Bulletproof diet roadmap poster

SFr. 12.00

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Type: Super Food

Vendor: Bulletproof


Poster of the Bulletproof® Diet Roadmap.

Size 43,5x28 cm.

- Great for meal planning and grocery shopping
- Effortlessly explain the Bulletproof Diet to friends and family
- Increase your Focus on the Bulletproof Diet principles
- Conquer food cravings
- Fits perfectly on your fridge
- Printed on glossy heavy card stock 

The Bulletproof Diet comes from years of research around human performance, cognitive function, fertility and anti-aging. It engineers resilience and maintains a healthy body, without counting calories, starving yourself, or eating frankenfoods like tofurkey.

This roadmap shows you what Bulletproof foods to eat, and which toxic foods to avoid. Put it on your fridge as your go-to resource as you make your shopping list and decide what to eat. 


  • Cereal grains contribute to nutrient deficiencies, autoimmune disease, impaired digestion, and contain opioids which make them addicting. 
  • Switching from refined grains to whole grains causes zinc deficiency. 
  • Diets high in grain fiber deplete vitamin D stores. 
  • Phytic acid from whole grains block zinc and other minerals. 
  • Removing grains, legumes, and processed dairy while increasing protein intake produces greater insulin sensitivity in animals and humans.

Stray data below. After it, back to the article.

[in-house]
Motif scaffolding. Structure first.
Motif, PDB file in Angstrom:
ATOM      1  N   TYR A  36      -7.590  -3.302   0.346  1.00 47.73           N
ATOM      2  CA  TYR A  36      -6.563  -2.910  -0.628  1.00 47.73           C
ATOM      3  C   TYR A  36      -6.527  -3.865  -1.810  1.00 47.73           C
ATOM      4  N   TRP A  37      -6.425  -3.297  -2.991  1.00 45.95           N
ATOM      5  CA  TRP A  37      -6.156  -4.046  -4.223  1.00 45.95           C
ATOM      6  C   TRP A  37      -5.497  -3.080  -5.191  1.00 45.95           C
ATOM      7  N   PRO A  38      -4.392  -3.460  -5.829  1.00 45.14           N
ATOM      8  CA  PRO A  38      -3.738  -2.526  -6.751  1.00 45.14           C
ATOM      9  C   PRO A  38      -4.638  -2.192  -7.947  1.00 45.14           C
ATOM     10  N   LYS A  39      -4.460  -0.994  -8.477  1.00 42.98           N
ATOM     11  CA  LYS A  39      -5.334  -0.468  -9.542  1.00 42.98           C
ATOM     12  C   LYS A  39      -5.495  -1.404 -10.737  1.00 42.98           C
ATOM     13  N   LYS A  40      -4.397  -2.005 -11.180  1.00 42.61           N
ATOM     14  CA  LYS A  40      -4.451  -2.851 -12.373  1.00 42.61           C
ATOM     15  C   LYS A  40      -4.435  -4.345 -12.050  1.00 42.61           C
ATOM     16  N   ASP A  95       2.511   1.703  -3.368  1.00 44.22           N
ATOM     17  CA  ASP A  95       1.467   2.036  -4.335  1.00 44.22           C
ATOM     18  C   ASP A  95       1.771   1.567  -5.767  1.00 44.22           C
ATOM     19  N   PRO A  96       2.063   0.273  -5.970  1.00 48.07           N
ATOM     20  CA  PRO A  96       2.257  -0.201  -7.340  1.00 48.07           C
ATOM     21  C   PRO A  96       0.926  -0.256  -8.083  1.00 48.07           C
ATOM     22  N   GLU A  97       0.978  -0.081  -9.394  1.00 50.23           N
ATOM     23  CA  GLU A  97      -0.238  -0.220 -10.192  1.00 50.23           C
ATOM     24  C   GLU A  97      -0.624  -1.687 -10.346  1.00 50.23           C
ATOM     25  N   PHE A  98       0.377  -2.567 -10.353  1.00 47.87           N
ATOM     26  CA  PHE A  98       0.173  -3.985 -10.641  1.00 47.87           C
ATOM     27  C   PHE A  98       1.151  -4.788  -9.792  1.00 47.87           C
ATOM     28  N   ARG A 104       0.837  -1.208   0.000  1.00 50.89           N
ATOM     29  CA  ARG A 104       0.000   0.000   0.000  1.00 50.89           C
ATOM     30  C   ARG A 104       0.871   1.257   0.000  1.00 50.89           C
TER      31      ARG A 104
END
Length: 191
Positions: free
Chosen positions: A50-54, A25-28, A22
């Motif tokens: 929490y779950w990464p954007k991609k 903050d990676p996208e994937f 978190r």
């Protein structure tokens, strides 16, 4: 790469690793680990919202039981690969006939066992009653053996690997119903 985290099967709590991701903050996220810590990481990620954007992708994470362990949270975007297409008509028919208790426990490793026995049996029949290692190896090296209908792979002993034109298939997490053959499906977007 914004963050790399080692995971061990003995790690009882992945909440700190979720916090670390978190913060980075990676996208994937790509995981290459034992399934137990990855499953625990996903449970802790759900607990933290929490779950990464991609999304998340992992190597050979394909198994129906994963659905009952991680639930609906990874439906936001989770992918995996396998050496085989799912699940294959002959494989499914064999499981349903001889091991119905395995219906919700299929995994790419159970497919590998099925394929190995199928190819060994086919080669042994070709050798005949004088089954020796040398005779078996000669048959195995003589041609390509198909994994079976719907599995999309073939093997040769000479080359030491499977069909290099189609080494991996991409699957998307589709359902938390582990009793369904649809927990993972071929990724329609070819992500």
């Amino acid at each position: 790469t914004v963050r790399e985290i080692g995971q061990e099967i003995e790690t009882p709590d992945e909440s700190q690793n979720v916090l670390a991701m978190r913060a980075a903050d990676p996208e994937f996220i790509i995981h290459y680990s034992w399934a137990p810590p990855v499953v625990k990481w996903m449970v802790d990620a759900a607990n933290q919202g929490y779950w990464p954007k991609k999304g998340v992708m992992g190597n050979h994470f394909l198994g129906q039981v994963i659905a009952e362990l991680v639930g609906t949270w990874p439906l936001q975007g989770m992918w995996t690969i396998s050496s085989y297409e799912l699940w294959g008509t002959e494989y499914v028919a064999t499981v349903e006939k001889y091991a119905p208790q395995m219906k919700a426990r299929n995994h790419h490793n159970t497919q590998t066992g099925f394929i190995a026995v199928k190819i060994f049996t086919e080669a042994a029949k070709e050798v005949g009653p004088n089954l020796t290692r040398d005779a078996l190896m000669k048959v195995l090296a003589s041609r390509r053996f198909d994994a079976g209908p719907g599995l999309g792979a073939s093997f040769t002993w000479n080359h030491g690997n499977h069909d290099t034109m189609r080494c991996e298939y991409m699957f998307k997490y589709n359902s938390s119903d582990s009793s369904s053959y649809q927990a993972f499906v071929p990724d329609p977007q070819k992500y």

• Brown rice (not white) prevents protein digestion and lowers nitrogen balance (a marker of muscle retention). 
  • Gluten and other grain proteins dysregulate the junctions between intestinal cells and increase cancer risk. 80% of long term vegans are deficient in vitamin B12, which is needed for proper mental function.
  • 50% of long term vegetarians are deficient in vitamin B12.
  • B12 deficiency causes dementia, cognitive impairment, depression, and degenerative mental disorders.
  • Kids who eat a vegan diet are deficient in B12 and have impaired brain function.  This reverses when they start eating animal products. 
  • Vegetarians and vegans have lower muscle creatine and carnosinelevels. 
  • The China Study is a collection of poor research and misinterpreted results. 
  • Grass-fed meat is higher in omega-3’s, CLA, TVA, vitamins, minerals, carotenoids, and antioxidants. 
  • The longer an animal is fed grains, the more nutrients are lost. 
  • Eating grass-fed meat boosts omega-3 levels more than can be explained by the amount of omega-3’s in the meat (grass-fed meat is better than omega-3 supplements). 
  • A lower ratio of omega-6 to omega-3 fatty acids reduces inflammation and protects against disease.
  • Saturated fat is not associated with cardiovascular disease.  This is supported by almost every high quality observational study ever conducted (not that this really matters, since it’s observational data).  
  • Saturated fat does not raise cholesterol levels over time. 
  • Saturated fat raises HDL cholesterol, lowers triglycerides, and decreases the oxidation of cholesterol. 
  • A diet high in saturated fat improves blood vessel function (don’t be fooled by the title of this study, Chris Masterjohn’s take on what this study actually showed). 
  • To get all the micronutrients your body needs from the USDA (DASH) diet, you would have to eat 33'500 calories a day. 
  • Vitamin D affects over 1'000 genes in the human body. 
  • Magnesium deficiency exacerbates insulin resistance. 
  • Eliminating artificial colorings and food allergens improves ADHD symptoms.

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